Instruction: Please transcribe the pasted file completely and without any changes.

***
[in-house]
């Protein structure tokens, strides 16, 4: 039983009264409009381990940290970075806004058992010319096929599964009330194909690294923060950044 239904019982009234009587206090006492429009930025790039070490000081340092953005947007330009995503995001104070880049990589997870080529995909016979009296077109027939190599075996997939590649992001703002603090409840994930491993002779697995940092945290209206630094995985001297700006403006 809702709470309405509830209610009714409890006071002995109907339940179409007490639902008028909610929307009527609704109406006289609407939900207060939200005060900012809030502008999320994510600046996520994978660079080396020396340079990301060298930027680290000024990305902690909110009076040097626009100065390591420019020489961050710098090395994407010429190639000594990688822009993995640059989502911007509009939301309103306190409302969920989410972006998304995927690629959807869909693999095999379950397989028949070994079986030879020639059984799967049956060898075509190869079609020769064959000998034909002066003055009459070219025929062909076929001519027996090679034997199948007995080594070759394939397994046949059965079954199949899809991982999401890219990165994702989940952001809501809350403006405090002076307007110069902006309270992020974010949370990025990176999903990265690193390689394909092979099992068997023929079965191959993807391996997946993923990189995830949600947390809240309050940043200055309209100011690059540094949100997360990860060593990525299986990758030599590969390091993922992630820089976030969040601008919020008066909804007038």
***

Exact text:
[in-house]
């Protein structure tokens, strides 16, 4: 039983009264409009381990940290970075806004058992010319096929599964009330194909690294923060950044 239904019982009234009587206090006492429009930025790039070490000081340092953005947007330009995503995001104070880049990589997870080529995909016979009296077109027939190599075996997939590649992001703002603090409840994930491993002779697995940092945290209206630094995985001297700006403006 809702709470309405509830209610009714409890006071002995109907339940179409007490639902008028909610929307009527609704109406006289609407939900207060939200005060900012809030502008999320994510600046996520994978660079080396020396340079990301060298930027680290000024990305902690909110009076040097626009100065390591420019020489961050710098090395994407010429190639000594990688822009993995640059989502911007509009939301309103306190409302969920989410972006998304995927690629959807869909693999095999379950397989028949070994079986030879020639059984799967049956060898075509190869079609020769064959000998034909002066003055009459070219025929062909076929001519027996090679034997199948007995080594070759394939397994046949059965079954199949899809991982999401890219990165994702989940952001809501809350403006405090002076307007110069902006309270992020974010949370990025990176999903990265690193390689394909092979099992068997023929079965191959993807391996997946993923990189995830949600947390809240309050940043200055309209100011690059540094949100997360990860060593990525299986990758030599590969390091993922992630820089976030969040601008919020008066909804007038």